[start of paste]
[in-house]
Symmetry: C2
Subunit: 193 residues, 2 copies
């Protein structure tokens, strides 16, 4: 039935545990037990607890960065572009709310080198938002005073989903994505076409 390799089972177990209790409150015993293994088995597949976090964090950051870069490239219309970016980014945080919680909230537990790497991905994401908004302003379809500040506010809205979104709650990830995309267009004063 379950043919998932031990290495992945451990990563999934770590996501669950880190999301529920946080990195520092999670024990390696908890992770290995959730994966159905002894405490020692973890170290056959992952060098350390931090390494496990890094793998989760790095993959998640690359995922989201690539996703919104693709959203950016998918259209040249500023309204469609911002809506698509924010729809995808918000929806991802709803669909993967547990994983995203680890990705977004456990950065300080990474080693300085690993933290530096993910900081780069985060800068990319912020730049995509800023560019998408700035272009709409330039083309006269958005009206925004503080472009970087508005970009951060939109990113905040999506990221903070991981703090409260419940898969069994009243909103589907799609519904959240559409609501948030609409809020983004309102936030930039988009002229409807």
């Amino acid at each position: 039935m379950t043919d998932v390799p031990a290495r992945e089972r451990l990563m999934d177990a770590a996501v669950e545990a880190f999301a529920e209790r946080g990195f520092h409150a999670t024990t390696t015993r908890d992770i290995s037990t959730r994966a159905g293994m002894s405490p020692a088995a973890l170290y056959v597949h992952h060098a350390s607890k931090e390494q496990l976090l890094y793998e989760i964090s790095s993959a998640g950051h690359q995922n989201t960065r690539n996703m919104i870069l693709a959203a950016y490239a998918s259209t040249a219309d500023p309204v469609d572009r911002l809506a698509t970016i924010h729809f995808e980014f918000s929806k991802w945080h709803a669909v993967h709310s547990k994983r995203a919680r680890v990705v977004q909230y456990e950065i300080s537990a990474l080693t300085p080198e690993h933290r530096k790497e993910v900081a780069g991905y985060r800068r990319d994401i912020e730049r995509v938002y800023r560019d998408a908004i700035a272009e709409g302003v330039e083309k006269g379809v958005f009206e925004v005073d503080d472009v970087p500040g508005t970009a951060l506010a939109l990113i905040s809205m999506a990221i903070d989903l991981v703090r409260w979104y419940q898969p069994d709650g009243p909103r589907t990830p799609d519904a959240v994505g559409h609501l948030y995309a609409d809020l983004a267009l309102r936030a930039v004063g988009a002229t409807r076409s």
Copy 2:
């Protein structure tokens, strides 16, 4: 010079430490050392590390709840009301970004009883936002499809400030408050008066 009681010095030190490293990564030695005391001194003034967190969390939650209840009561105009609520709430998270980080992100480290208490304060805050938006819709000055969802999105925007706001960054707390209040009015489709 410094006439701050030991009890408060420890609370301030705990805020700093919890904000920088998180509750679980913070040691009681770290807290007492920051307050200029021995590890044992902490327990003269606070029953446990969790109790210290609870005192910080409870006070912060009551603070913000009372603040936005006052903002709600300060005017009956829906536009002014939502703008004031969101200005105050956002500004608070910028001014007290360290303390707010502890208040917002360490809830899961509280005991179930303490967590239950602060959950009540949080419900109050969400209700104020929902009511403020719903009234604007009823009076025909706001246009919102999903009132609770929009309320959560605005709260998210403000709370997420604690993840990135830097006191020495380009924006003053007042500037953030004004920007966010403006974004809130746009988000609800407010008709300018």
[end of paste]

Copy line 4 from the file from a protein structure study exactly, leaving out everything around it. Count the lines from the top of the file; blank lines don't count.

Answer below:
């Protein structure tokens, strides 16, 4: 039935545990037990607890960065572009709310080198938002005073989903994505076409 390799089972177990209790409150015993293994088995597949976090964090950051870069490239219309970016980014945080919680909230537990790497991905994401908004302003379809500040506010809205979104709650990830995309267009004063 379950043919998932031990290495992945451990990563999934770590996501669950880190999301529920946080990195520092999670024990390696908890992770290995959730994966159905002894405490020692973890170290056959992952060098350390931090390494496990890094793998989760790095993959998640690359995922989201690539996703919104693709959203950016998918259209040249500023309204469609911002809506698509924010729809995808918000929806991802709803669909993967547990994983995203680890990705977004456990950065300080990474080693300085690993933290530096993910900081780069985060800068990319912020730049995509800023560019998408700035272009709409330039083309006269958005009206925004503080472009970087508005970009951060939109990113905040999506990221903070991981703090409260419940898969069994009243909103589907799609519904959240559409609501948030609409809020983004309102936030930039988009002229409807």